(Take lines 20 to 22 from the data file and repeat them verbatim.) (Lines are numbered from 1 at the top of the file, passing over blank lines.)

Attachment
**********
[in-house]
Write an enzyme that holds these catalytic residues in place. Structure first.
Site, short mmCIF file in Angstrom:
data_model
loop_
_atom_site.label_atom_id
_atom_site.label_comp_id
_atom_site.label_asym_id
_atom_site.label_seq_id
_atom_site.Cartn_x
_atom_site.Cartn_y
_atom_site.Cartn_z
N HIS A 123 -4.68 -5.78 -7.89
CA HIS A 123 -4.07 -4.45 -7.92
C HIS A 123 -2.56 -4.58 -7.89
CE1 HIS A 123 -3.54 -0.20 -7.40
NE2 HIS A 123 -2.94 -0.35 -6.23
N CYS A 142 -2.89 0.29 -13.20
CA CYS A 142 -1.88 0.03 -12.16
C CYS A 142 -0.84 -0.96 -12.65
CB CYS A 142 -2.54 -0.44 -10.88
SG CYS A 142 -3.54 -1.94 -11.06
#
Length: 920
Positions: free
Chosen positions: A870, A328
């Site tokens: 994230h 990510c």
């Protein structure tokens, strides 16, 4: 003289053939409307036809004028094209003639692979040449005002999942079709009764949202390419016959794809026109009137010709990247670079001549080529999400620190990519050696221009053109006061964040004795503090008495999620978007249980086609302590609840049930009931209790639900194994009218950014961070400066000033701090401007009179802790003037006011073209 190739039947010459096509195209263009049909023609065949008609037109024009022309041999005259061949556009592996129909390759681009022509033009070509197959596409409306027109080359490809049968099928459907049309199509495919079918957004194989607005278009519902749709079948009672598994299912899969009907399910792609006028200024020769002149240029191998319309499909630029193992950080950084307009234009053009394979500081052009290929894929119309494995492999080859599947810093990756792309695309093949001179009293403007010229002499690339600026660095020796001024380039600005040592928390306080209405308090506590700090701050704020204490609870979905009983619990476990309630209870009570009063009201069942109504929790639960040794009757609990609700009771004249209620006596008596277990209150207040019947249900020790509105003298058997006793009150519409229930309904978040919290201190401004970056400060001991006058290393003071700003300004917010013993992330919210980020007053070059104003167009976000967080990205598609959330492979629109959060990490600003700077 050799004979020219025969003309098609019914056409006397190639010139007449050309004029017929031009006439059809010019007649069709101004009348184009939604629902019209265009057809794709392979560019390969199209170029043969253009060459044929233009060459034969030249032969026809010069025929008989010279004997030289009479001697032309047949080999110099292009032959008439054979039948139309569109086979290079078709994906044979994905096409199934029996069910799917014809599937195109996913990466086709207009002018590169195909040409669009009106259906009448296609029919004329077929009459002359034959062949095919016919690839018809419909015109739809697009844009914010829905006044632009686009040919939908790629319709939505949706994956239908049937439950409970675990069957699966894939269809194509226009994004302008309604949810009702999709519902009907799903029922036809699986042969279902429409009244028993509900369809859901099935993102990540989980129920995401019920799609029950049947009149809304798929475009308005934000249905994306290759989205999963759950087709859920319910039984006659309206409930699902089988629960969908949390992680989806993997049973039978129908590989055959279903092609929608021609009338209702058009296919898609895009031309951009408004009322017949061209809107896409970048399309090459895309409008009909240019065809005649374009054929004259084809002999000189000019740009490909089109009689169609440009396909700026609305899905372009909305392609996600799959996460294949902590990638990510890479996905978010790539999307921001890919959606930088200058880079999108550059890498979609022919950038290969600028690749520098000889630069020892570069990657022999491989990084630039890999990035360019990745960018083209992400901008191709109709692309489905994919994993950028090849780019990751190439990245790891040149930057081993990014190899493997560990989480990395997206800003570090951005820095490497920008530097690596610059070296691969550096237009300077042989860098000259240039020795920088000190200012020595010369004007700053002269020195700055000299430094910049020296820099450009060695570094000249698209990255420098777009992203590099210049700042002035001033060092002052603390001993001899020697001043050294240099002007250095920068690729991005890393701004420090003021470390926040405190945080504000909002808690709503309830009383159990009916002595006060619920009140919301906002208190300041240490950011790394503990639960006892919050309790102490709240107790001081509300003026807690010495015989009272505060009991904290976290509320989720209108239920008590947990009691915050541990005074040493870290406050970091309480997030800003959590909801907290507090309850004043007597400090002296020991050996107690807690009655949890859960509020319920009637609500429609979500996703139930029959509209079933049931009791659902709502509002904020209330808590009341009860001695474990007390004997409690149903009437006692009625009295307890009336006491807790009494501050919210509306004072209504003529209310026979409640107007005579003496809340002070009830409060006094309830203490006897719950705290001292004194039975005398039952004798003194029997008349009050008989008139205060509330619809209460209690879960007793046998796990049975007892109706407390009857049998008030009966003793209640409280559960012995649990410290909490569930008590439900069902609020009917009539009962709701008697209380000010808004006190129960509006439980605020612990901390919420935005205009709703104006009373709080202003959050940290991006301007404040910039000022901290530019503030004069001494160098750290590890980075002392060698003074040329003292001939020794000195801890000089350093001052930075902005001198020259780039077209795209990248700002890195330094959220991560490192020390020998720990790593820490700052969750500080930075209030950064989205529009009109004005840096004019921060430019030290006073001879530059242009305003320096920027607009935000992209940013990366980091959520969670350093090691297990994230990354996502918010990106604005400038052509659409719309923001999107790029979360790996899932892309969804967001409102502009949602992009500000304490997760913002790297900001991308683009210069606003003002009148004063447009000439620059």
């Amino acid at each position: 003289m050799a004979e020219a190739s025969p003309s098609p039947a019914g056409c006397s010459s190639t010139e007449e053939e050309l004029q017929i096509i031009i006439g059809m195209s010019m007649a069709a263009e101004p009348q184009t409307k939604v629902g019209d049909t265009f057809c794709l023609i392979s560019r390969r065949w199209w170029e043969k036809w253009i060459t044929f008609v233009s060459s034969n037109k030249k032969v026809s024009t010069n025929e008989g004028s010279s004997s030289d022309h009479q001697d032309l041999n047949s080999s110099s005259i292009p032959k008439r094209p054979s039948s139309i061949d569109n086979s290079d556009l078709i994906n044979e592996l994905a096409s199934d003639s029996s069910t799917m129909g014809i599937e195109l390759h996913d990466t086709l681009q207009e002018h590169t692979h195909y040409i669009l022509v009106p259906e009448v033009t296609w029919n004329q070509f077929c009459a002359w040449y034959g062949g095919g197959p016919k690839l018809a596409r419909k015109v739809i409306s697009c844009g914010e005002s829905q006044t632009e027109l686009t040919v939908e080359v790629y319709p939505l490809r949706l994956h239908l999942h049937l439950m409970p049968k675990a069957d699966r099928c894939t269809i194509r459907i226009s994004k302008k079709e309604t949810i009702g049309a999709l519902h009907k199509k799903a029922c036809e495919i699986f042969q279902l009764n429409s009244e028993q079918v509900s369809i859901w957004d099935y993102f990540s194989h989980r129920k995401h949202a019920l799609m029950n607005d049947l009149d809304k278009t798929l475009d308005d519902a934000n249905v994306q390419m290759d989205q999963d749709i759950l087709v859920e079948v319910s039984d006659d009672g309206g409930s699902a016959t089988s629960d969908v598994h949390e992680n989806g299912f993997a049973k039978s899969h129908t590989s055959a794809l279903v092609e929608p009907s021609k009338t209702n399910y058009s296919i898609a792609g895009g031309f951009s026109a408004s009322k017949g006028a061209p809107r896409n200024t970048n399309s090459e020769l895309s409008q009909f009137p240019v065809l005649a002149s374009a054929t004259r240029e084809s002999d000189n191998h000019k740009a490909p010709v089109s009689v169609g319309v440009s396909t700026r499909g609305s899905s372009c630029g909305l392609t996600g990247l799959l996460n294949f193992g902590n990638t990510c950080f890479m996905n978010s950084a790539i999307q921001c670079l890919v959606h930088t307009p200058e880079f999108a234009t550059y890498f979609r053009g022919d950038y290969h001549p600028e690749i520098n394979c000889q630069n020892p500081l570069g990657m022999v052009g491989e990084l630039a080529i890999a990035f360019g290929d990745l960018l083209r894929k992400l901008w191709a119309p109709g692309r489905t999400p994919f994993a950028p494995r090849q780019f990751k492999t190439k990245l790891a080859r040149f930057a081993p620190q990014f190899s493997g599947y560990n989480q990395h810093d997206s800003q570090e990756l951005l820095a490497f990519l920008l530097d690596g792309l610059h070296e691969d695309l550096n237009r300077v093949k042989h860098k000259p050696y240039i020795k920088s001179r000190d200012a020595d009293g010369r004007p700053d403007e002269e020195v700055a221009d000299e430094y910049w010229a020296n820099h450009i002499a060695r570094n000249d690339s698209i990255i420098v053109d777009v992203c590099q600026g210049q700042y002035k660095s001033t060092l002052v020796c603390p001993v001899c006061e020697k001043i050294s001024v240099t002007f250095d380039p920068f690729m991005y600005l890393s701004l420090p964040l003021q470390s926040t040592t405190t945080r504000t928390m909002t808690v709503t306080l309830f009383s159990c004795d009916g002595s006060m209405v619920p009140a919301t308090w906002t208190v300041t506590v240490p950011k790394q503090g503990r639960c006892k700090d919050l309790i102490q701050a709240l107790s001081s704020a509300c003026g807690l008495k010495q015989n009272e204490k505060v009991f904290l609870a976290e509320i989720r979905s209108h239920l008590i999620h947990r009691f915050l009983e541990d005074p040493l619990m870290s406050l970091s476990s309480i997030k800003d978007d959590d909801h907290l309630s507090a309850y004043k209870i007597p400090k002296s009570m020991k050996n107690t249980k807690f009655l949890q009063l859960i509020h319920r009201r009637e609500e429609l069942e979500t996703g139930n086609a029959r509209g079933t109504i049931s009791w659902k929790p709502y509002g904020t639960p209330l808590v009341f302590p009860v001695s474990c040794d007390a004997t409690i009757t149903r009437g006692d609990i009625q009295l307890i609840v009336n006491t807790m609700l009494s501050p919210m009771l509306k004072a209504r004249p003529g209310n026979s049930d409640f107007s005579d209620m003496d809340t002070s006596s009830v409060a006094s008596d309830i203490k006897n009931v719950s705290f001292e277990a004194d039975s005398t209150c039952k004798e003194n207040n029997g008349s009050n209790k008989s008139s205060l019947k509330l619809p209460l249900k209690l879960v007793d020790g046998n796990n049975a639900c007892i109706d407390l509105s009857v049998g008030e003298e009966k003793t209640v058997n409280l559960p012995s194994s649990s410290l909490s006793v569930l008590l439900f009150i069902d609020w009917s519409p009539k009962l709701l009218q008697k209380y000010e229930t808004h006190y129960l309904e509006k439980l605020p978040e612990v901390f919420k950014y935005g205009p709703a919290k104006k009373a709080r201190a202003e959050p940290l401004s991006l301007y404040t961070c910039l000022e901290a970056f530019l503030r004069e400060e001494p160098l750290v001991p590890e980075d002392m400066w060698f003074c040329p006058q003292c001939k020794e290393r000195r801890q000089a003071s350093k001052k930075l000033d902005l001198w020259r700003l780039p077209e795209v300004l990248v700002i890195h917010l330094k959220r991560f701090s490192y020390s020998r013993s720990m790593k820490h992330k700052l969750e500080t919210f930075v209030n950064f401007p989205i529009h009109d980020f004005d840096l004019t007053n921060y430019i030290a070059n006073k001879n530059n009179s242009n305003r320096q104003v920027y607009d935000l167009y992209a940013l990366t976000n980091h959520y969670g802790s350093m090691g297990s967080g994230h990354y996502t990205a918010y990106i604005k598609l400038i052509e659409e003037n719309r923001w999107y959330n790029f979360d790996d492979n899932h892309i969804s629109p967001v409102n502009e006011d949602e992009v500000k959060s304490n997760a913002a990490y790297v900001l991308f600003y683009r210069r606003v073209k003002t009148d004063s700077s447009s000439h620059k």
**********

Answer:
C CYS A 142 -0.84 -0.96 -12.65
CB CYS A 142 -2.54 -0.44 -10.88
SG CYS A 142 -3.54 -1.94 -11.06